In markets characterized by tight capacity, risks of further disruptions abound
In response to high commodity prices and the likelihood of further price increases for some inputs, firms should continue to prioritize efforts to manage costs and protect margins. Strategies include: reducing supply chain inefficiencies, such as packaging optimization to lower shipping costs; utilizing hedging strategies, including commodities options and longer-term contracts; making input substitutions; and shifting product offerings toward higher-margin goods. Companies should approach decisions to pass costs through to customers carefully, accounting for strong inflationary pressures around the world and customers’ increasing price sensitivity. Our global demand destruction risk index can aid in pricing decisions.
A variety of input costs have hit multi-year highs or even all-time highs in the weeks since Russia’s invasion of Ukraine. Many cost categories were already at historically high levels in 2021. As suppliers of the world’s energy, metals, and food commodities and notable players in global shipping networks, Russia, Ukraine, and Belarus are now in major recessions, which will contribute to falling production of these inputs and drive higher costs in 2022. Sanctions and self-sanctioning on the part of commodity traders and shippers have further reduced global supply and exerted additional upward pressure on prices. Based on our outlook for the war in Ukraine, these costs are likely to remain elevated through much of 2023. Although additional supply will eventually come online, years of underinvestment in extraction and production will make for a slow supply response. Costs are unlikely to ease considerably until 2024, although the rate of cost increases is likely to slow later this year.
Cost pressures will continue this year across shipping, energy, metals, and food commodities, but market dynamics vary.
Shipping: The war in Ukraine has prompted a major increase in air freight costs, particularly between Europe and Asia. The impact on container shipping has been more limited, although prices are nonetheless close to all-time highs. Despite expectations of a gradual increase in shipping and air freight capacity over the course of the year, risks of further disruptions abound in a tight market. Two notable risks are China’s lockdowns, which are already forcing delays in China’s trucking freight market and will likely add to ocean shipping bottlenecks. Another risk surrounds the likelihood of a labor strike at US West Coast ports this summer, which would throw a massive disruption to US inbound and outbound shipping.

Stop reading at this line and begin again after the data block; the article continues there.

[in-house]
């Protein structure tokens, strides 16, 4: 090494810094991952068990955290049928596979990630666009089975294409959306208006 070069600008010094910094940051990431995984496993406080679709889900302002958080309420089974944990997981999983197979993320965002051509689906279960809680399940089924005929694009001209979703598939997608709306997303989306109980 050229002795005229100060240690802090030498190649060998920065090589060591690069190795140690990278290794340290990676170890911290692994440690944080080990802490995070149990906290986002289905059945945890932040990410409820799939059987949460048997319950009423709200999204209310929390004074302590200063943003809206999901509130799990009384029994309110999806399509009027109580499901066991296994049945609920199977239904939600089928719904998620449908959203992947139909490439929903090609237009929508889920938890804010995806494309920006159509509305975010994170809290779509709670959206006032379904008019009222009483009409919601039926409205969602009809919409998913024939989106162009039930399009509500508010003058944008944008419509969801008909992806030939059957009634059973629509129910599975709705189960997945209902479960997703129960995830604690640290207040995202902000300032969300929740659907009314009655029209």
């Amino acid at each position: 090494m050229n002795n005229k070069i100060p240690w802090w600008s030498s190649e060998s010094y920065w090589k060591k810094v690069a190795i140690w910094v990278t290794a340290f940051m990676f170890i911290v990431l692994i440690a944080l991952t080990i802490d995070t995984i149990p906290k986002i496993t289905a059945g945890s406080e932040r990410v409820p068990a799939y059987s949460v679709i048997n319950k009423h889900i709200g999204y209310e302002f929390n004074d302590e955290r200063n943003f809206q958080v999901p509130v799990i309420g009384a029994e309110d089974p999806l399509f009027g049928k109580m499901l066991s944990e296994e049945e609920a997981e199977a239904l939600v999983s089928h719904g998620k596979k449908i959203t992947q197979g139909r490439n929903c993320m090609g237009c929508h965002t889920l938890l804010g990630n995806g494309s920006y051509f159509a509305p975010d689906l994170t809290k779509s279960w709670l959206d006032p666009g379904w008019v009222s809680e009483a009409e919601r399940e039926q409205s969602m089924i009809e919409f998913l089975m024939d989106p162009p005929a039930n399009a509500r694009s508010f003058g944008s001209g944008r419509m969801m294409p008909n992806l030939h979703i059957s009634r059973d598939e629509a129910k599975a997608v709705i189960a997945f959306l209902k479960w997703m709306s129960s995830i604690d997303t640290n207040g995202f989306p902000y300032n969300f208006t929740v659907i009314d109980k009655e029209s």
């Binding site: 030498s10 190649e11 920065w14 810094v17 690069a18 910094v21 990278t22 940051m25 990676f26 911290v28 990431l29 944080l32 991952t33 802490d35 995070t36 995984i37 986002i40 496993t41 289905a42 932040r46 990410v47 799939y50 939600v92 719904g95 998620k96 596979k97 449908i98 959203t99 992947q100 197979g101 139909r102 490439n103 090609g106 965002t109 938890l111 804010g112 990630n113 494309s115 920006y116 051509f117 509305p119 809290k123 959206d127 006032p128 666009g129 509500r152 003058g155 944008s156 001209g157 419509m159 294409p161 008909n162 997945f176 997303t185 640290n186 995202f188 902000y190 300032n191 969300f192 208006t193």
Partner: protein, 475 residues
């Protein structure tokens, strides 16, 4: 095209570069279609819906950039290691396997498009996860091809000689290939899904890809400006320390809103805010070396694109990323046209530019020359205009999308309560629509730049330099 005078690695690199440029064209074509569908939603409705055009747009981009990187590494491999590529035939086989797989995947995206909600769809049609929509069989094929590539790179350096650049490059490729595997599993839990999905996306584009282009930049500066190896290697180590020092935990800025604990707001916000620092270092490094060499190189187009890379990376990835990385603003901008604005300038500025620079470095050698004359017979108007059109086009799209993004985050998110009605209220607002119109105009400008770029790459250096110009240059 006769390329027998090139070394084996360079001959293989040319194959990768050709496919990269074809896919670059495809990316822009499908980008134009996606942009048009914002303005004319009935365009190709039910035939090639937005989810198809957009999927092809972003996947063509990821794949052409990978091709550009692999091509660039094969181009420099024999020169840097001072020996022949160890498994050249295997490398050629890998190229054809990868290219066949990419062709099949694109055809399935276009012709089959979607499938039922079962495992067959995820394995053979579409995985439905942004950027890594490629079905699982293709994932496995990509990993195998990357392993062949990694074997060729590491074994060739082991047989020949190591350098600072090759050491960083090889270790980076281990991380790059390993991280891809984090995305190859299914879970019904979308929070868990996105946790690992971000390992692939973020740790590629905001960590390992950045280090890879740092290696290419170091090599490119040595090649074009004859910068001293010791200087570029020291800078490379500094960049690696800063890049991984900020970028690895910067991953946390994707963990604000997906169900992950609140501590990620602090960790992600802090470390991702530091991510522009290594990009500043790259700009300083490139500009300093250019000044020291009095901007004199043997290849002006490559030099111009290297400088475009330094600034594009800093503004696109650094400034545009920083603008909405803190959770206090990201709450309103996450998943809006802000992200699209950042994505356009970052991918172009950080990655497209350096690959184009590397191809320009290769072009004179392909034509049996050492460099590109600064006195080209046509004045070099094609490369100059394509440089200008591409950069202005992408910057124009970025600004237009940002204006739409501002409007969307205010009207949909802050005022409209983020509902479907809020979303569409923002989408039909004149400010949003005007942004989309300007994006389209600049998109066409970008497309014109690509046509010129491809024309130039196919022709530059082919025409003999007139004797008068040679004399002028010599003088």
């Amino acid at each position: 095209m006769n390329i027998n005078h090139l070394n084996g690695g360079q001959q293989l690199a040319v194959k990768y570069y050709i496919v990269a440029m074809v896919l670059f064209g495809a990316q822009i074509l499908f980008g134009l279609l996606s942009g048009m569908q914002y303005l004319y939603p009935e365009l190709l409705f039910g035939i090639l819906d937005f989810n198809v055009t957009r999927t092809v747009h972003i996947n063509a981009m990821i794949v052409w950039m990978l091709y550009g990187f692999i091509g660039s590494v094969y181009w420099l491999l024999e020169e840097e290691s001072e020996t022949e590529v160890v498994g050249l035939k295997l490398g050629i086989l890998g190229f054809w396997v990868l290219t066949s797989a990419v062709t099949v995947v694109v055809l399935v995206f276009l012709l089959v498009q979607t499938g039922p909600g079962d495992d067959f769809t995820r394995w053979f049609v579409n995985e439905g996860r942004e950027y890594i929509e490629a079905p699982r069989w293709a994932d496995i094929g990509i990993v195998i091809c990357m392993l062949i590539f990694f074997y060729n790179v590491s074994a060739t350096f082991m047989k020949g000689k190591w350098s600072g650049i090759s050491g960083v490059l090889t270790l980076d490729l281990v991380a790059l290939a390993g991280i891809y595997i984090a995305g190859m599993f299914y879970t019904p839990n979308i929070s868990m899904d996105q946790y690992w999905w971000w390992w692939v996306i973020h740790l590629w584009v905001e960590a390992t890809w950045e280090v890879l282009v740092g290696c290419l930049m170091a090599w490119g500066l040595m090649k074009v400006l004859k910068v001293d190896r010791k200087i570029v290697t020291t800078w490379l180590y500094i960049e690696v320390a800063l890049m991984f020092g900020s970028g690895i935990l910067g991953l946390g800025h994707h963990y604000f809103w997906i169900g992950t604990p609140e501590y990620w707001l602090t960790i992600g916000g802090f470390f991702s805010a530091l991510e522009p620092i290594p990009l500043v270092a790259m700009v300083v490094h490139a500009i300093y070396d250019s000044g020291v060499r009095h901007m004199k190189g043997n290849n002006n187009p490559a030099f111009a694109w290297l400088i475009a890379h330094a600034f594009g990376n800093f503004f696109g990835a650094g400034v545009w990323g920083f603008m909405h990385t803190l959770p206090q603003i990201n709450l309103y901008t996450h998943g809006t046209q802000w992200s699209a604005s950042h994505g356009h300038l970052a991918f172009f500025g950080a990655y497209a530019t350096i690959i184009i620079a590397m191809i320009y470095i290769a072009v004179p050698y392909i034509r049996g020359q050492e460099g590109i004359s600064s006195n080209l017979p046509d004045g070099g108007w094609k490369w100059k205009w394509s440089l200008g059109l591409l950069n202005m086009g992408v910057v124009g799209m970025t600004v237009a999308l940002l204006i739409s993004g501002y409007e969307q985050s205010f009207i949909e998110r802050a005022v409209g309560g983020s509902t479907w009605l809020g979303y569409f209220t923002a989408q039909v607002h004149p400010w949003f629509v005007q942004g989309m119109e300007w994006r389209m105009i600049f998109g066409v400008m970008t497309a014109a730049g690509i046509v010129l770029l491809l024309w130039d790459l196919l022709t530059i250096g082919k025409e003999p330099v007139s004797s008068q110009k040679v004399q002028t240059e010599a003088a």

Oil: Sanctions on Russia are already causing notable disruptions to Russian energy production, even as Russian oil continues to be traded. We expect Russian production to fall by at least 1.5 million barrels per day this year, a shortfall that will be partially offset by supply responses from OPEC, the US, and releases from strategic petroleum reserves. Price risks are to the upside due to the reasonable likelihood of further sanctions on Russia’s energy sector, which would drive down production faster.
Natural gas: The persistent threat of disruption to gas flows from Russia to Europe, and the immense challenges of pivoting away from Russian gas imports, will keep gas costs in Europe elevated through next year. Increased global competition for LNG as Europe shifts away from Russian pipeline gas will also keep gas costs elevated in Asia. In the US, relative abundance of natural gas will keep costs significantly lower than in other regions; however, rising LNG exports will gradually drive domestic costs higher as prices come into line with the rest of the world.
Metals: Copper supply is experiencing a moderate disruption from the war in Ukraine, as the region supplies 7% of global supply. Elevated costs stem mostly from a global, secular increase in demand for copper associated with energy. Price risks are to the upside in 2022 due to temporary supply disruptions in Chile and Peru. Pressures on iron ore should remain low in 2022 as China struggles to push forward with infrastructure investment under virus lockdowns. A potential exit from Zero Covid in 2023 raises the possibility of a price surge as China pushes stimulus measures.
Food commodities: Prices for grains and vegetable oils have surged since the invasion because of Russia and Ukraine’s outsized share of global supply. A combination of export bans by Ukraine and several other countries, disrupted planting and harvest seasons in Ukraine, and surging global fertilizer costs virtually guarantee further price increases later this year and in 2023.
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